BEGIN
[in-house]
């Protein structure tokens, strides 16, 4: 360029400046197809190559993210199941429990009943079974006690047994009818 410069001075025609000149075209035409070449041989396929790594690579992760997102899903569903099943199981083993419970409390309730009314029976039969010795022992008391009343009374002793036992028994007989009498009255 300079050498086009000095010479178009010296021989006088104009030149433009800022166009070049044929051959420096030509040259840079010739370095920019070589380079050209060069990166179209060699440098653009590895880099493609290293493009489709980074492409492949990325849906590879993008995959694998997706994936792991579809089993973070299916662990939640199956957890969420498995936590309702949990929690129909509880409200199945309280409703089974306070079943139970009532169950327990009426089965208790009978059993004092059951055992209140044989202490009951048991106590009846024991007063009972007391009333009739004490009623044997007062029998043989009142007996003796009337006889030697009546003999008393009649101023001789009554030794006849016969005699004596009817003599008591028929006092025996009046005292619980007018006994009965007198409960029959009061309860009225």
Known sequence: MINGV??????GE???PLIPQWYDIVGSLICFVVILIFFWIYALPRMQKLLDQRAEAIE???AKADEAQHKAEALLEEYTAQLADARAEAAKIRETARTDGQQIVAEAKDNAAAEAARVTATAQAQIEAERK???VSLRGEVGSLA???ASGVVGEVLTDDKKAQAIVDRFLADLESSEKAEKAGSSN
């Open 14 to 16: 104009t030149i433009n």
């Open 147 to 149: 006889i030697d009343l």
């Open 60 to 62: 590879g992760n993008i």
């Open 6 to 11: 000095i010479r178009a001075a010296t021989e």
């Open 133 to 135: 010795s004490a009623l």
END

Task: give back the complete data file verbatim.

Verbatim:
[in-house]
């Protein structure tokens, strides 16, 4: 360029400046197809190559993210199941429990009943079974006690047994009818 410069001075025609000149075209035409070449041989396929790594690579992760997102899903569903099943199981083993419970409390309730009314029976039969010795022992008391009343009374002793036992028994007989009498009255 300079050498086009000095010479178009010296021989006088104009030149433009800022166009070049044929051959420096030509040259840079010739370095920019070589380079050209060069990166179209060699440098653009590895880099493609290293493009489709980074492409492949990325849906590879993008995959694998997706994936792991579809089993973070299916662990939640199956957890969420498995936590309702949990929690129909509880409200199945309280409703089974306070079943139970009532169950327990009426089965208790009978059993004092059951055992209140044989202490009951048991106590009846024991007063009972007391009333009739004490009623044997007062029998043989009142007996003796009337006889030697009546003999008393009649101023001789009554030794006849016969005699004596009817003599008591028929006092025996009046005292619980007018006994009965007198409960029959009061309860009225």
Known sequence: MINGV??????GE???PLIPQWYDIVGSLICFVVILIFFWIYALPRMQKLLDQRAEAIE???AKADEAQHKAEALLEEYTAQLADARAEAAKIRETARTDGQQIVAEAKDNAAAEAARVTATAQAQIEAERK???VSLRGEVGSLA???ASGVVGEVLTDDKKAQAIVDRFLADLESSEKAEKAGSSN
């Open 14 to 16: 104009t030149i433009n």
């Open 147 to 149: 006889i030697d009343l």
């Open 60 to 62: 590879g992760n993008i």
């Open 6 to 11: 000095i010479r178009a001075a010296t021989e």
């Open 133 to 135: 010795s004490a009623l």